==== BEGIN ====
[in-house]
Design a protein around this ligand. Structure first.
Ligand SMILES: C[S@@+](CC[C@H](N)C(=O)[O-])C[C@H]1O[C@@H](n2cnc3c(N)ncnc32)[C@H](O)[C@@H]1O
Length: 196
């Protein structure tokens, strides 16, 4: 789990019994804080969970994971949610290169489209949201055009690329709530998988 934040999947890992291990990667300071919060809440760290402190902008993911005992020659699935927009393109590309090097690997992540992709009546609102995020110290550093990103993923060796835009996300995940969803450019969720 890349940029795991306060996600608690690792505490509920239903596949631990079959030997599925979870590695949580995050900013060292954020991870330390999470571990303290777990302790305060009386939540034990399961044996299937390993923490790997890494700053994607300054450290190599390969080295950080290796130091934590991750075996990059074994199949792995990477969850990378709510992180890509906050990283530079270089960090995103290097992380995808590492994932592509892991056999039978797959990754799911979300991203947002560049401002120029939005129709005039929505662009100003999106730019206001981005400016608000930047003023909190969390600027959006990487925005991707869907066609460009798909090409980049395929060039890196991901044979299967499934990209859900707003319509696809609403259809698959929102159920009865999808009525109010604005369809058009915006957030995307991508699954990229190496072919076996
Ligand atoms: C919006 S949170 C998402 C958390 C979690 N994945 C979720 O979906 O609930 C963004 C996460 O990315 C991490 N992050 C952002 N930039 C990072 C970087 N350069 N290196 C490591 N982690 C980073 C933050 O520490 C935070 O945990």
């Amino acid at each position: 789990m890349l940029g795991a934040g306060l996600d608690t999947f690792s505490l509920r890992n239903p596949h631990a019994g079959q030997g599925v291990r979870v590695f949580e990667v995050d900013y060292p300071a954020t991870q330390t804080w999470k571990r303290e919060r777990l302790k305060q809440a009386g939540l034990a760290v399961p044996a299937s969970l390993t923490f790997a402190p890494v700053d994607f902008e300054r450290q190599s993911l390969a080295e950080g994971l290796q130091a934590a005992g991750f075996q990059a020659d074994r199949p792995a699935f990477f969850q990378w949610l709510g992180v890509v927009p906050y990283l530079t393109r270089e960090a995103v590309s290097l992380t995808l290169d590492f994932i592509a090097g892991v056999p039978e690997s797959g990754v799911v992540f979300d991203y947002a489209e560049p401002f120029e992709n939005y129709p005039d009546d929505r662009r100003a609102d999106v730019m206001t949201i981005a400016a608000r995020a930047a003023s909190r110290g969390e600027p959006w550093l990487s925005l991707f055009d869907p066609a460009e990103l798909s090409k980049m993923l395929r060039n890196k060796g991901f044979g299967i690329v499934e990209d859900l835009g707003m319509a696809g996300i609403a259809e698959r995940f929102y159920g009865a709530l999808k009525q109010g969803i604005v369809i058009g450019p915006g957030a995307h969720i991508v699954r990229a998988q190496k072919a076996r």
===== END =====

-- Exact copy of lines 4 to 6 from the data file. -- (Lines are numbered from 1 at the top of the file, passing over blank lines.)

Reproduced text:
Length: 196
């Protein structure tokens, strides 16, 4: 789990019994804080969970994971949610290169489209949201055009690329709530998988 934040999947890992291990990667300071919060809440760290402190902008993911005992020659699935927009393109590309090097690997992540992709009546609102995020110290550093990103993923060796835009996300995940969803450019969720 890349940029795991306060996600608690690792505490509920239903596949631990079959030997599925979870590695949580995050900013060292954020991870330390999470571990303290777990302790305060009386939540034990399961044996299937390993923490790997890494700053994607300054450290190599390969080295950080290796130091934590991750075996990059074994199949792995990477969850990378709510992180890509906050990283530079270089960090995103290097992380995808590492994932592509892991056999039978797959990754799911979300991203947002560049401002120029939005129709005039929505662009100003999106730019206001981005400016608000930047003023909190969390600027959006990487925005991707869907066609460009798909090409980049395929060039890196991901044979299967499934990209859900707003319509696809609403259809698959929102159920009865999808009525109010604005369809058009915006957030995307991508699954990229190496072919076996
Ligand atoms: C919006 S949170 C998402 C958390 C979690 N994945 C979720 O979906 O609930 C963004 C996460 O990315 C991490 N992050 C952002 N930039 C990072 C970087 N350069 N290196 C490591 N982690 C980073 C933050 O520490 C935070 O945990």